Attention deficit hyperactivity disorder (ADHD) is a common mental disorder in children and adults, which can affect schooling, work, or interpersonal relationships. Though it's exact cause is not known, it is believed to be associated with low quantities of the neurotransmitters dopamine and norepinephrine in the brain. The symptoms of ADHD can vary from case to case and be difficult to recognize.

There are three types of ADHD: Inattentive, Hyperactive-Impulsive, and Combined. Inattentive ADHD typically means a person is showing enough symptoms of inattention and is easily distracted, but isn’t necessarily hyperactive or impulsive. In contrast to this is the Hyperactive-Impulsive ADHD, which occurs when a person has symptoms of hyperactivity and impulsiveness but not inattention. A person with Combined ADHD shows symptoms of all three.

It is important to note that many of the symptoms of ADHD are within the range of normal experience. Almost all people are fidgety at some point, become distracted easily, and have trouble paying attention at times. The difference to note here is that a person struggling with ADHD has these symptoms to such an extent that they can become a distraction at home or in the classroom. In order to be diagnosed, symptoms have to be present for at least six months and must be inappropriate for the person's developmental level. Additionally, with each symptom type, there are a number of criteria that their behavior will need to meet in order to be diagnosed.

If you or your child have been diagnosed with ADHD, it may seem difficult to decide the best treatment option. A high amount of people experience relief from ADHD symptoms through the use of stimulant medications. Many, however, struggle with the many side effects associated with these medications. These can be mild to severe and may include sweating, dry mouth, dizziness, headache, nausea, irritability, vomiting, diarrhea, and constipation. Though there is little scientific research approving their use, there are alternative treatments to relieve ADHD symptoms.

Ginko Biloba
Often used in Traditional Chinese Medicine, Ginko Biloba is an herb associated with mental alertness. It has long been recommended for improving memory and keeping your mind sharp. A study published in 2010 compared the use of Ginko Biloba to Ritalin. Though it found Ritalin was more effective in treating ADHD symptoms, the study did show a marked improvement in the symptoms of participants who took Ginko.

Another study from 2014 showed that children who took 240 mg of Ginkgo biloba extract daily for three to five weeks showed a reduction in ADHD symptoms with few negative side effects.

Gotu Kola
Centella asiatica, commonly known as Gotu kola, is an herb which grown naturally in parts of Asia, Indonesia, and South Africa. It is high in vitamins B1, B2, and B6, which are necessary for healthy brain function. It may help reduce anxiety and increase focus in patients with ADHD

A Study published in 200, showed marked improvements in the anxiety of patients who took Gotu kola.

Another herbal remedy from China, ginseng has been used for centuries to stimulate brain function and increase energy. Red ginseng in particular has potential to calm symptoms of ADHD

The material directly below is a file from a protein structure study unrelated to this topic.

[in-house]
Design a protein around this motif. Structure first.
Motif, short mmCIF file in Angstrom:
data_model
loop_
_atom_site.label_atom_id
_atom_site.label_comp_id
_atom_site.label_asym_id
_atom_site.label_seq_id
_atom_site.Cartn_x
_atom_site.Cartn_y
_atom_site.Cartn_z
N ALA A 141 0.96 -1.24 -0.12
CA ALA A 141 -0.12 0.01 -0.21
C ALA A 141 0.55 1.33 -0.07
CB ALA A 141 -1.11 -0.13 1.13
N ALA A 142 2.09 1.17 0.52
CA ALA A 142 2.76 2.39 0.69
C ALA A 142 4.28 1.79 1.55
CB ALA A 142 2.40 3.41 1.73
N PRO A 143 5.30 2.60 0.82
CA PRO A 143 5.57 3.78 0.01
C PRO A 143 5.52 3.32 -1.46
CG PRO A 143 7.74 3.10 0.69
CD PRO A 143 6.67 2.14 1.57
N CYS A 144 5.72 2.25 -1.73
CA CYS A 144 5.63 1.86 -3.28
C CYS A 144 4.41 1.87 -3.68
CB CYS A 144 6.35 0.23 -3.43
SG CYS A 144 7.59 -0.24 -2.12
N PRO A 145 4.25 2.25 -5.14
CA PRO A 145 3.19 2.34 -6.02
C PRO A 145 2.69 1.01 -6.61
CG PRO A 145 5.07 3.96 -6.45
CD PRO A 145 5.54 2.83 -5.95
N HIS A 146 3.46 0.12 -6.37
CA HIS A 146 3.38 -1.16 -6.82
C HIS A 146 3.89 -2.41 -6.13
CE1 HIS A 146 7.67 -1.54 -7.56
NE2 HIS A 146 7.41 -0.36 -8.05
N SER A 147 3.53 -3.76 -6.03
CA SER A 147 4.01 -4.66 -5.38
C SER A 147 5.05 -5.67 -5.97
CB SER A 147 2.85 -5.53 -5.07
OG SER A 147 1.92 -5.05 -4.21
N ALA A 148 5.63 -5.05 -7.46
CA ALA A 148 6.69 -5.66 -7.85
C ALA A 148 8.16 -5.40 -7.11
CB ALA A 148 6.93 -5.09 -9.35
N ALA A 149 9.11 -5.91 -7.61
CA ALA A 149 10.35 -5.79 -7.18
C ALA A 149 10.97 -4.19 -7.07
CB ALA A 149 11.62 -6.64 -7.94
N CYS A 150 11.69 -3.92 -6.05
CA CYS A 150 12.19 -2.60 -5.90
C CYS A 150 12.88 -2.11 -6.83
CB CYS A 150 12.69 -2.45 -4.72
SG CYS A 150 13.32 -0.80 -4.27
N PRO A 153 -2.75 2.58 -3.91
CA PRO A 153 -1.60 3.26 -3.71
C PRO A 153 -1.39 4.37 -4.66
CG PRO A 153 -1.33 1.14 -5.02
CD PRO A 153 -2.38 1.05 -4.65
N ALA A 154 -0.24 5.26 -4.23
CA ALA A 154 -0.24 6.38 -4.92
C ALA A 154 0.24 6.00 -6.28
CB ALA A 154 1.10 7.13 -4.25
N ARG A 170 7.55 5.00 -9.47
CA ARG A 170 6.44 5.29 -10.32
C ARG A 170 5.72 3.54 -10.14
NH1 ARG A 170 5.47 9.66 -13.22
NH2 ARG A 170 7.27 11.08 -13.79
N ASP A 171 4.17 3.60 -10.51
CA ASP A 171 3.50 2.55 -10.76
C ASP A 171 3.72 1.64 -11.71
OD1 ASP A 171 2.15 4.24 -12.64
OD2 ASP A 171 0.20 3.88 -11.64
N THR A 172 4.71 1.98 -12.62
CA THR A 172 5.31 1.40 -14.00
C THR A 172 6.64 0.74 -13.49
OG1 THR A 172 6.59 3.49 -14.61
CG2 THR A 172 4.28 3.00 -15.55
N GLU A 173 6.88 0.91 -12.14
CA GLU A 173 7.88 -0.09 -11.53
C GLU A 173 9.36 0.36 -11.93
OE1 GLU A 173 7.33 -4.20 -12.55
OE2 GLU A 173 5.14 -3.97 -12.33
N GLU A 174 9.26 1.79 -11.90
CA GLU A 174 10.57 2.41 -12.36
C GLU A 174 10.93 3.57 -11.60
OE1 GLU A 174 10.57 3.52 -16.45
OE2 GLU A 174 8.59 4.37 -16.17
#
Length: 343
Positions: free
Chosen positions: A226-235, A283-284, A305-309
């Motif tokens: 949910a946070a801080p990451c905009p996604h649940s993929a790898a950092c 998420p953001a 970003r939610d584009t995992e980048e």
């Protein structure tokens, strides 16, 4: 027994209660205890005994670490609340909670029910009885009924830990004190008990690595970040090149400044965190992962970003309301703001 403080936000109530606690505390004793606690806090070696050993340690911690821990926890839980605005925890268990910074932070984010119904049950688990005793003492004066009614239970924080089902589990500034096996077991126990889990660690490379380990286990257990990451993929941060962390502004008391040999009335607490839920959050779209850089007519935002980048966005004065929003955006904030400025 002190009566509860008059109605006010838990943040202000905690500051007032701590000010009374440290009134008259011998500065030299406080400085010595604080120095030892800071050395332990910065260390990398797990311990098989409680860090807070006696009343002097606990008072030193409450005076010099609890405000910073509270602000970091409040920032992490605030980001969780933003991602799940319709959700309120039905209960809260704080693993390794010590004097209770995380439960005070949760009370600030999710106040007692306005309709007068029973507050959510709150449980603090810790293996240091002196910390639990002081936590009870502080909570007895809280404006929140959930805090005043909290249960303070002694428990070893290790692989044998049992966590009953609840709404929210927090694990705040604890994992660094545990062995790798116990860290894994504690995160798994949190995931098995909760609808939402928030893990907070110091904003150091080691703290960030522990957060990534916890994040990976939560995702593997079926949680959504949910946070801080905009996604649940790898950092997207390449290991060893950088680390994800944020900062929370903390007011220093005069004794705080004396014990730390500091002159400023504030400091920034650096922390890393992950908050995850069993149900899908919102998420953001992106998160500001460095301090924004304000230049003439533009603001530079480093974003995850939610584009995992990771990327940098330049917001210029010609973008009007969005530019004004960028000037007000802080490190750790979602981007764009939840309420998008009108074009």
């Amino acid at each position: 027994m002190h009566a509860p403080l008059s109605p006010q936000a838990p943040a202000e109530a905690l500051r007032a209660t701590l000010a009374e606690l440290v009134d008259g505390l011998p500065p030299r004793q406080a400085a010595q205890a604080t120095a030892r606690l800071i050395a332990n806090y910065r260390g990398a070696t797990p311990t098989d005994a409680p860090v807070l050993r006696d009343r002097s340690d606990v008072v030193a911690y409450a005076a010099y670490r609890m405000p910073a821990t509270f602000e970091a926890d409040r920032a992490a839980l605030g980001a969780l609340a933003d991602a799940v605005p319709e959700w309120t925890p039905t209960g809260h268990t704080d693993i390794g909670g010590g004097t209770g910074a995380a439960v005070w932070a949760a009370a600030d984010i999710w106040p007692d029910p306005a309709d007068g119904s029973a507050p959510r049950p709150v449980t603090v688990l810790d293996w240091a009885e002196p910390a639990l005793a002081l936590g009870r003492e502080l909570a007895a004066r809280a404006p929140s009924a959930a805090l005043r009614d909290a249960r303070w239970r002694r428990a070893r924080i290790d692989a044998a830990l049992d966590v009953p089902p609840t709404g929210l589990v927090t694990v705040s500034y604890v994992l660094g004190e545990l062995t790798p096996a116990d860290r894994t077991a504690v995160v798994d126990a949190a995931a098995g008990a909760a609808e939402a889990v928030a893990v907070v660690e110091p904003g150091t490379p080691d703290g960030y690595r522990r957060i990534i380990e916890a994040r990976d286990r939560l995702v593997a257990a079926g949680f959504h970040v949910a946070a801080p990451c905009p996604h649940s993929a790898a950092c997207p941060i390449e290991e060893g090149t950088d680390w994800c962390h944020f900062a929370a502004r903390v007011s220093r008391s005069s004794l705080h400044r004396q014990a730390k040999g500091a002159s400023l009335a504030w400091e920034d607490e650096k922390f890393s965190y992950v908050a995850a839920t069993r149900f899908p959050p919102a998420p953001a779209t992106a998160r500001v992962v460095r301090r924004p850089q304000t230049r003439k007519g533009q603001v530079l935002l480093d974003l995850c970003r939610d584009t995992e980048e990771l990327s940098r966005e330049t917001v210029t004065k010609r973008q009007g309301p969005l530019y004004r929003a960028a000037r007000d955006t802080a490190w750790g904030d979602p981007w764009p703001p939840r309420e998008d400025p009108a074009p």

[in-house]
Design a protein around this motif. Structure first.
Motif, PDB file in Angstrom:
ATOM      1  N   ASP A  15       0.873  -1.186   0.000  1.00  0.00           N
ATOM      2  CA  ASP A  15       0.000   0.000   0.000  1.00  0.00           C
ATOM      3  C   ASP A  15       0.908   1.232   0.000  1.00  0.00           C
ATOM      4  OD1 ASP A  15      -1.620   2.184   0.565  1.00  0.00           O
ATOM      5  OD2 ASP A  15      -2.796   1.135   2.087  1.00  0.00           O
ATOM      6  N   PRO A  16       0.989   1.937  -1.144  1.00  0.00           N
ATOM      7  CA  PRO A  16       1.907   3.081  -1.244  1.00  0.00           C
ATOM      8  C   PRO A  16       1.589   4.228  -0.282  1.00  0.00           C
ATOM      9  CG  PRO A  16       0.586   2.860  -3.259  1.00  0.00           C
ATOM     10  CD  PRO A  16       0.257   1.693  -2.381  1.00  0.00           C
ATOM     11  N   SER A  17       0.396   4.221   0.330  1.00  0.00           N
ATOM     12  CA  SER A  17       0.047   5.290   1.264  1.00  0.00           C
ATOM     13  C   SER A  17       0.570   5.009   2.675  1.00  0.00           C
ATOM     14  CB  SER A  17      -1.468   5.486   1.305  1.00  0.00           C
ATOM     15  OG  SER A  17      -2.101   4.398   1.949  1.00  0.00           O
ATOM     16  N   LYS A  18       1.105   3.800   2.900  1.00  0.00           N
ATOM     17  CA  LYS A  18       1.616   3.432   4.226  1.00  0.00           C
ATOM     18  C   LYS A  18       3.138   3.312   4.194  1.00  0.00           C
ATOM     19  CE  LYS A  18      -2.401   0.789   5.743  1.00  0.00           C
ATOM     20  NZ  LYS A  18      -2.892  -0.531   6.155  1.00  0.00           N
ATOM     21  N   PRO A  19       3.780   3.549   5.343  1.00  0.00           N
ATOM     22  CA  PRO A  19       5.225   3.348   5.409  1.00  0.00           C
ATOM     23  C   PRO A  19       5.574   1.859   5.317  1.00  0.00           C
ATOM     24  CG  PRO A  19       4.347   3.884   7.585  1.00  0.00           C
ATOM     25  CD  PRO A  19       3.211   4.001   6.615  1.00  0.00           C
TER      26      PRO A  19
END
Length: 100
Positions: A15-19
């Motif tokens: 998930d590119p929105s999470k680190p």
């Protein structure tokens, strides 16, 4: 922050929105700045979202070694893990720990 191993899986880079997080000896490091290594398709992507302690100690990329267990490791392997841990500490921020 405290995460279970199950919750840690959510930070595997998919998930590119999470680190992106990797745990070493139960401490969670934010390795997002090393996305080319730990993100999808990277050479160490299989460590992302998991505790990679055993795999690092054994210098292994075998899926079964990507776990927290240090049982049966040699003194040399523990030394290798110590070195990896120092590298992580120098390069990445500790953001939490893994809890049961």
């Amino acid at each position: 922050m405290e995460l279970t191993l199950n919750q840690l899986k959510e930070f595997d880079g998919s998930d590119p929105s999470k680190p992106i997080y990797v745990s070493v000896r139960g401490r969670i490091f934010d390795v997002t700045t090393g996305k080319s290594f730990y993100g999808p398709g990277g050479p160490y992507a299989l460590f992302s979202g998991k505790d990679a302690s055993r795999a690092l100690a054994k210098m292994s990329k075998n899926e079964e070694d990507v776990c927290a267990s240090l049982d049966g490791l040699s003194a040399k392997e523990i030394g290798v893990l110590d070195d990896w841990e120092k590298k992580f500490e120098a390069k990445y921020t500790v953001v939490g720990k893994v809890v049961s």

A study from 2011 observed the effects of ginseng on children with ADHD. Children who took 1,000mg of Korean red ginseng daily for eight weeks reported improvements in anxiety, personality, and social functioning.

Bacopa monnieri, commonly known as Brahmi or water hyssop, is a marsh plant that grows wild in India. It has also been used for centuries to improve brain function and memory. This herb has been recommended as an alternative treatment for ADHD.

Participants in a study from 2008 showed marked increases in their memory and brain function as a result of taking Brahmi.

Green Oats
An unmatured version of the standard oat, green oats are sold as "avena sativa". Also known as wild oat extract, green oats have long been thought to help calm nerves and lower stress and anxiety.

Green oats show promise in the treatment of ADHD symptoms. A study from 2011 showed that people taking the extract were less likely to make errors on tests. Another study found people taking Avena sativa showed a noticeable improvement in cognitive performance.

An extract made from the French maritime pine tree, Pycnogenol may reduce hyperactivity and improve attention and concentration, according to a study from 2006.

There have been studies done on combining some of these herbs to show an even greater effect on ADHD symptoms. A study from 2001 showed participants who took both American ginseng and Ginkgo biloba twice a day for four weeks experienced improvements in social problems, hyperactivity, and impulsivity.

Though there have not been many completed studies on the efficacy of herbs for treating ADHD symptoms, there are those that show promise. If you or your child struggle with stimulant medications, talk with your doctor or health care physician. Herbal remedies for ADHD may be the right way to go.

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Author's Bio: 

Brian Wu graduated with a Bachelor of Science degree in Physiology and Neurobiology. Currently, he holds a PhD and is an MD candidate (KSOM, USC) in integrative biology and disease. He is also an experienced writer and editor for many prestigious web pages. Brian values the ability of all ages to learn from the power of stories. His mission is to write about health conditions, educational topics and life situations in an entertaining way in order to help children understand their own life conditions and daily circumstances.